At the most basic level, small business creation is a simple process: 1) Identify a problem; 2) Develop a solution for that problem; 3) Make that solution cost-effective, useful, and profitable. What follows is my attempt at the first two steps: Stop back to learn if the third step happens and why or why not. You’ll know when I know – literally!
In a previous blog, I discussed a business opportunity for photographers. I’ve recently decided to follow this advice and attempt to sell photographs I’ve taken. I am not a trained, professional photographer with expensive equipment, SLR cameras or a studio, but simply an amateur with a Canon PowerShot point and click camera. I’ve been fortunate to travel and take some interesting – in my opinion – photos in Europe, Niagara Falls, California, etc.
Why Do This?
Taking an inventory of my creative abilities, I know I can’t draw worth a darn, sing especially well or write music. I do however, take good photographs: Of landscapes, architecture, kids playing ball, animals, etc. Not only would I like to share some of these pictures with others, but I want to “create art”, in a way that I enjoy. If I can make a little side money from this hobby, great; if not, the memory of my travels will surround me in framed format. If the hobby-business transition works out well, perhaps I can develop a second income stream and, long-term, an eventual retirement career.
An Opportunity! (or the ‘problem’)
Recently, I was at my doctor’s office for a routine exam and I noticed the reception room wall was conspicuously empty and a big white block of space. Previously, beautiful paintings covered the wall, presumably gifts or exhibited products from his patients. I took a chance and asked the Doctor about the wall and missing artwork. He indicated another physician left the practice and took most paintings (by his wife) with him.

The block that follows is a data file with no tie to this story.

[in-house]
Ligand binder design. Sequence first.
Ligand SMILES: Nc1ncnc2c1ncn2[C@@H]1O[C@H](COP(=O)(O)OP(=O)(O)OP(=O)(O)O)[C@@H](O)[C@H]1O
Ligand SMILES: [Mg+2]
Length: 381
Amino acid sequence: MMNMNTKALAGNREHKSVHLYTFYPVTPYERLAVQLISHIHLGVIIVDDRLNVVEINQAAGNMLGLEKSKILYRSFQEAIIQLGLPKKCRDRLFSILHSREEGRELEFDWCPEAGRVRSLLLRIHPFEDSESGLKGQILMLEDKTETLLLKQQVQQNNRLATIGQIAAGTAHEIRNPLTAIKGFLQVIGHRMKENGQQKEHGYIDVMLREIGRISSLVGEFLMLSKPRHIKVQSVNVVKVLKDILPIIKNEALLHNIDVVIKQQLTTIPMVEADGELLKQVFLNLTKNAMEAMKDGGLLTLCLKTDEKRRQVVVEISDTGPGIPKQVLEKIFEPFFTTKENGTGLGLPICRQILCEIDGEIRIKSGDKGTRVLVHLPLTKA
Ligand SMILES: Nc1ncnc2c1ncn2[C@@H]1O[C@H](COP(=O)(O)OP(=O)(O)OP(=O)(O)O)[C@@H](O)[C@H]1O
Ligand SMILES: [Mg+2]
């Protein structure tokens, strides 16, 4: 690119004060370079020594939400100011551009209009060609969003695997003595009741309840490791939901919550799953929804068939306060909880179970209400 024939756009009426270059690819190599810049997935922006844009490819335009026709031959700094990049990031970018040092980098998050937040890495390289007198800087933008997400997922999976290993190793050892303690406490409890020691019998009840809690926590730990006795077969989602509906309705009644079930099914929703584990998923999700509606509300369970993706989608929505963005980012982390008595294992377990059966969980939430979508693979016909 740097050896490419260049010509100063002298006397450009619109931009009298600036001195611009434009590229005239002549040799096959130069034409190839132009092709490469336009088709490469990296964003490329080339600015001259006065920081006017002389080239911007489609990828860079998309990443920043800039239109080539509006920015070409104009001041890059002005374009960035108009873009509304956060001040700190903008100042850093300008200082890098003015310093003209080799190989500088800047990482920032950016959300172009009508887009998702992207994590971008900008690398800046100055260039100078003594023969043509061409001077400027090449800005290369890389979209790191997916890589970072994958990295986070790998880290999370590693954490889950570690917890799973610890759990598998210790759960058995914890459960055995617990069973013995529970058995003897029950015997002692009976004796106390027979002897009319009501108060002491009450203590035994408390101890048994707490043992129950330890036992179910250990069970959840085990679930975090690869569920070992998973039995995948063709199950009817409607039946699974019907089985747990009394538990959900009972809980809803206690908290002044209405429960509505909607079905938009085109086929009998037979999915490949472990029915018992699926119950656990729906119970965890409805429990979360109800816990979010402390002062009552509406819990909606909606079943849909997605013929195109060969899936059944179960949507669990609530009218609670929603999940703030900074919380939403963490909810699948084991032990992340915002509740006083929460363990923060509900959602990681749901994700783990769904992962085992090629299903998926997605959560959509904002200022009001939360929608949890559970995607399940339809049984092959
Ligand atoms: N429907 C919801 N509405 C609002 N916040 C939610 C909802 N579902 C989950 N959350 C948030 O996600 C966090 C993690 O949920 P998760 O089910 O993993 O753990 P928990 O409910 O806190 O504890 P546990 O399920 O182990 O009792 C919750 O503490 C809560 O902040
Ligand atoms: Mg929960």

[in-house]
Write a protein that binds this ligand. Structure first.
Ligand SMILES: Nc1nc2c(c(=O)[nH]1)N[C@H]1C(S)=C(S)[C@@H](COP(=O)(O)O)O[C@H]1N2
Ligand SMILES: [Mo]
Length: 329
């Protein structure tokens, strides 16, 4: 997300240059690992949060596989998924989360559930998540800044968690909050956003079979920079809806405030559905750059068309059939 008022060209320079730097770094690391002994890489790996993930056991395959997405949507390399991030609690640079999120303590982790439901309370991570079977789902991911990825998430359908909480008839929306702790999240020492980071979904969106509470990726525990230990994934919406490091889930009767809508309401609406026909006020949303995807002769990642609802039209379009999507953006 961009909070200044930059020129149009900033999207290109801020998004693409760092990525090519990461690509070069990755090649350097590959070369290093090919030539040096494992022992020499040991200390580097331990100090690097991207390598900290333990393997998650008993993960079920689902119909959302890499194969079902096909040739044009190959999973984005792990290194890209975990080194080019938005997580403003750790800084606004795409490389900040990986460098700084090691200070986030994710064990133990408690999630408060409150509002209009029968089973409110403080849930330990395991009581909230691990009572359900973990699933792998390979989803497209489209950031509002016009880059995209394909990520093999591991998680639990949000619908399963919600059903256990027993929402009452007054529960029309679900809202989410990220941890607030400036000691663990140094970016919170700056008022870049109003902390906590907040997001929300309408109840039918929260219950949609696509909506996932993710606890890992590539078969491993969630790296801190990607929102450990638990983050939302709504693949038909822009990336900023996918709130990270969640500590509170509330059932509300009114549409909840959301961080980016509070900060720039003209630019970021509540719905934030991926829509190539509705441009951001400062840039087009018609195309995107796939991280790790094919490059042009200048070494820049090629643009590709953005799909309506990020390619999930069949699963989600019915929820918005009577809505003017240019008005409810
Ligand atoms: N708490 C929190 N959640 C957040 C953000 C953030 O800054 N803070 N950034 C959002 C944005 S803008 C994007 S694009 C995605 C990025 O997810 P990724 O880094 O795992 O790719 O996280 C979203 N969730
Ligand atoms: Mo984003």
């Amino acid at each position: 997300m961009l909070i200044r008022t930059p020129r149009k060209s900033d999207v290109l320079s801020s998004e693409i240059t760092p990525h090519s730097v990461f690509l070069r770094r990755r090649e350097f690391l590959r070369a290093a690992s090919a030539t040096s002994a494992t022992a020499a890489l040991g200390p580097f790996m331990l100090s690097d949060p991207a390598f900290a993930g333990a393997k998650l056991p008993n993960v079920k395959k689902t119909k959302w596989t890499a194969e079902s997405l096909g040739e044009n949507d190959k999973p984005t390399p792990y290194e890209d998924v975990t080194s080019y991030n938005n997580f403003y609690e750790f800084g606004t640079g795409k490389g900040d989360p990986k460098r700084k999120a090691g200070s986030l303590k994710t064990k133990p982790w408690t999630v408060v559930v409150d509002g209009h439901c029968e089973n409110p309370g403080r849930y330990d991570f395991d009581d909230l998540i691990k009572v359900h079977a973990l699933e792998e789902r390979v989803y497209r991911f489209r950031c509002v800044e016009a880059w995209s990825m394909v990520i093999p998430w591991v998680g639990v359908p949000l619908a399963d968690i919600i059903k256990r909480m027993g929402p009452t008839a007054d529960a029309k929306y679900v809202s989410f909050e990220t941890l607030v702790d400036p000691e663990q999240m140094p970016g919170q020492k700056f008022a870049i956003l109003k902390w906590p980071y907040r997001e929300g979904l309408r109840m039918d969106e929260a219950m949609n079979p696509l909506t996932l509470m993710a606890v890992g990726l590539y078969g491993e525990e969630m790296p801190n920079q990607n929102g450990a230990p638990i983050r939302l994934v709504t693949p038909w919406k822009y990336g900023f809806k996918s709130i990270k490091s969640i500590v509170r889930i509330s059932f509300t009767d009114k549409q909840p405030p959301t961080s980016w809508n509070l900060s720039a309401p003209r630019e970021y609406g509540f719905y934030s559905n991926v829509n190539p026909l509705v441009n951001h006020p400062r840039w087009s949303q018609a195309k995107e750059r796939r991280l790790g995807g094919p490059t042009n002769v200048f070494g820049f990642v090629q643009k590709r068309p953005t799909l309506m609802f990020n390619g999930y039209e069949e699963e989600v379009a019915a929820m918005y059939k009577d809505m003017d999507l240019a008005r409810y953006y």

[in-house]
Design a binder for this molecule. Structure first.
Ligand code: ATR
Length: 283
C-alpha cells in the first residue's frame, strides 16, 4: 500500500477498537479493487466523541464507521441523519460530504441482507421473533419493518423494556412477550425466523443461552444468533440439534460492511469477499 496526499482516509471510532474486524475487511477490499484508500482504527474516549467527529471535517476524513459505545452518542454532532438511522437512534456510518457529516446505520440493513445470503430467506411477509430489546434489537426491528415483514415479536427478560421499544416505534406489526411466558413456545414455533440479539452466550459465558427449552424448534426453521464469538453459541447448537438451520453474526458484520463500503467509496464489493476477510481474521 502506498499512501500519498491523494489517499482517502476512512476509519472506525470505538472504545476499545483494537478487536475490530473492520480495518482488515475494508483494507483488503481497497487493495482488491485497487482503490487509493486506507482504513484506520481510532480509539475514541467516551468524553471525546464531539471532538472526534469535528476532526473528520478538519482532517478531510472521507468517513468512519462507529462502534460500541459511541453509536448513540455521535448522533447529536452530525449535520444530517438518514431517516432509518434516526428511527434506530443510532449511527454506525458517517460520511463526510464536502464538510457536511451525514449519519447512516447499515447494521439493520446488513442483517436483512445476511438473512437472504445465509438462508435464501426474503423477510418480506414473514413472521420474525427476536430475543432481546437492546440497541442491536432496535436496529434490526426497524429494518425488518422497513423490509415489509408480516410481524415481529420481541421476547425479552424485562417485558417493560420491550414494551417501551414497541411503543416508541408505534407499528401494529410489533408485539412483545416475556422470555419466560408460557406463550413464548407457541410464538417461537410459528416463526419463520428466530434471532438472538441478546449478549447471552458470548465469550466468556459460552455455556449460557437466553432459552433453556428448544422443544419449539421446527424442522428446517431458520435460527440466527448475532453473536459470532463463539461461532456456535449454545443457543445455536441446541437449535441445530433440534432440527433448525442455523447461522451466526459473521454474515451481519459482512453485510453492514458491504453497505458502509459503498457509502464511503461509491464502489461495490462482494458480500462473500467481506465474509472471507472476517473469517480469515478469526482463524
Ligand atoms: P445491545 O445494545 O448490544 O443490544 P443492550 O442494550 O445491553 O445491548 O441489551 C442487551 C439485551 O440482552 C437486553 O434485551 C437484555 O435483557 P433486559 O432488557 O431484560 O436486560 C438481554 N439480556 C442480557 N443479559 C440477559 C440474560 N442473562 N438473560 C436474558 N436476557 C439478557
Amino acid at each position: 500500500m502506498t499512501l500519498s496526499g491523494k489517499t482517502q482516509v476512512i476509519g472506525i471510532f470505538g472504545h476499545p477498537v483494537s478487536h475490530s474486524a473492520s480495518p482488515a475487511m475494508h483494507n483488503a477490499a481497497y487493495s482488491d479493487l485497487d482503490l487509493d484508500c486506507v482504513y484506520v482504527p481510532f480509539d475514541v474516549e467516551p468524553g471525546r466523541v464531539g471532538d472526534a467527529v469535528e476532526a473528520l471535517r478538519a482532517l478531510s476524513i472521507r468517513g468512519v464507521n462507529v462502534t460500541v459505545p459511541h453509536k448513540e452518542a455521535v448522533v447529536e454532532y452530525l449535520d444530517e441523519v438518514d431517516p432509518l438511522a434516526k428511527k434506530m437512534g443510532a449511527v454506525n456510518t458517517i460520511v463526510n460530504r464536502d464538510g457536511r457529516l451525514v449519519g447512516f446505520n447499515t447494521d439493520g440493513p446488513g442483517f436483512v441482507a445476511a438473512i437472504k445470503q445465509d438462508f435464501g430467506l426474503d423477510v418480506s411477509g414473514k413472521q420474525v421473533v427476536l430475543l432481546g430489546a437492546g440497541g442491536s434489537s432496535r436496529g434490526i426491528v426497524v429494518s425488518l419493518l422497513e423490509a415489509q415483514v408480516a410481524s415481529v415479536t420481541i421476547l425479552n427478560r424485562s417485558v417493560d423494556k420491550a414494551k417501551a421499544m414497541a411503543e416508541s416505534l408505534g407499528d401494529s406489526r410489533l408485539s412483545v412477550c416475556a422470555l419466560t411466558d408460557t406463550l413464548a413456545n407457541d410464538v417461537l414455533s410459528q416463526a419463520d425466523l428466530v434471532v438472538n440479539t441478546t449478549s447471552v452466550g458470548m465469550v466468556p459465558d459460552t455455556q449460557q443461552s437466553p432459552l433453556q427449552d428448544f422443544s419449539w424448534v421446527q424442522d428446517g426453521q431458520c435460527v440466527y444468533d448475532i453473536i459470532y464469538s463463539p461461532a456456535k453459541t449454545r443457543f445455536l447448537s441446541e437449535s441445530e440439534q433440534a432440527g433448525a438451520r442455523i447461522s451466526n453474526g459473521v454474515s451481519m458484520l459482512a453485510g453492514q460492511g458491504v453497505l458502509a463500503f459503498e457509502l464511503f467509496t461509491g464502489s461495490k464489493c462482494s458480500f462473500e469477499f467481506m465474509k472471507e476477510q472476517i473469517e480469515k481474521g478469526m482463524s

I decided to take a chance and asked the Doctor if he would consider replacing the artwork with some photos of Europe, framed of course. Surprisingly, he immediately agreed, providing an opportunity to display my product for the thousands of patients that visit his office. As previously blogged, this is an example of creative marketing at little cost to me and a win-win scenario for all parties. The office will pay me nothing, yet gains attractive and professionally framed artwork, while the artist (me) receives a permanent display of his work and a sales opportunity. In addition, this opportunity provides a personal level of satisfaction and pride in crossing off an item on my bucket list. (A solution for the problem)
Building my Team with Partners
Previously, I’ve used a professional to frame other photos or paintings either purchased or created by friends. Julie is remarkably gifted in color matching, framing presentation, and offers unique creativity. An independent, she works from home with corporate and private clients. Following the opportunity above, my first instinct was to contact Julie and set up a meeting. We’ll sit down at my kitchen table on Monday for a few hours and brainstorm ideas, sizes, pricing, and if needed, a contract for more work stemming from this project. I’m thrilled that one so talented as Julie will be part of the team. Contact Julie at firstname.lastname@example.org.
What’s Next? (make the solution cost-effective, useful, and profitable)
Much is accomplished, yet the heavy work remains: Product selection, confirming the Doctor’s commitment, pricing models, a web site, business cards, accounting, inventory control and others I’ve not considered. I will continue to document this process and share my experiences on Homepreneurs. Check back for updates and learn from my mistakes or good ideas. Please feel free to add comments or ask questions.
A good project manager – I have functioned as one many times – always documents lessons learned, good or bad, throughout a project’s life-cycle. Here are some of mine:
– Watch for and seize opportunity when possible.
– Follow through on opportunities; a “next time” may never occur.
– Maintain old contacts and relationships. These are extremely valuable in the right circumstances.
– Take a chance and don’t be afraid to ask: Nothing ventured, nothing gained.
– Ask for assistance when needed. Most people are happy to help; if not, you don’t want them around anyway!
* A Monday update: The previously scheduled Monday meeting with Julie (framer) was postponed until Saturday because of client conflicts. This minor setback provides another key lesson:
– Be flexible. Forcing or insisting on maintaining schedules can cause bad feelings and is counter-productive.
By Dion D. Shaw
Dion Shaw is the founder and owner of Homepreneurs.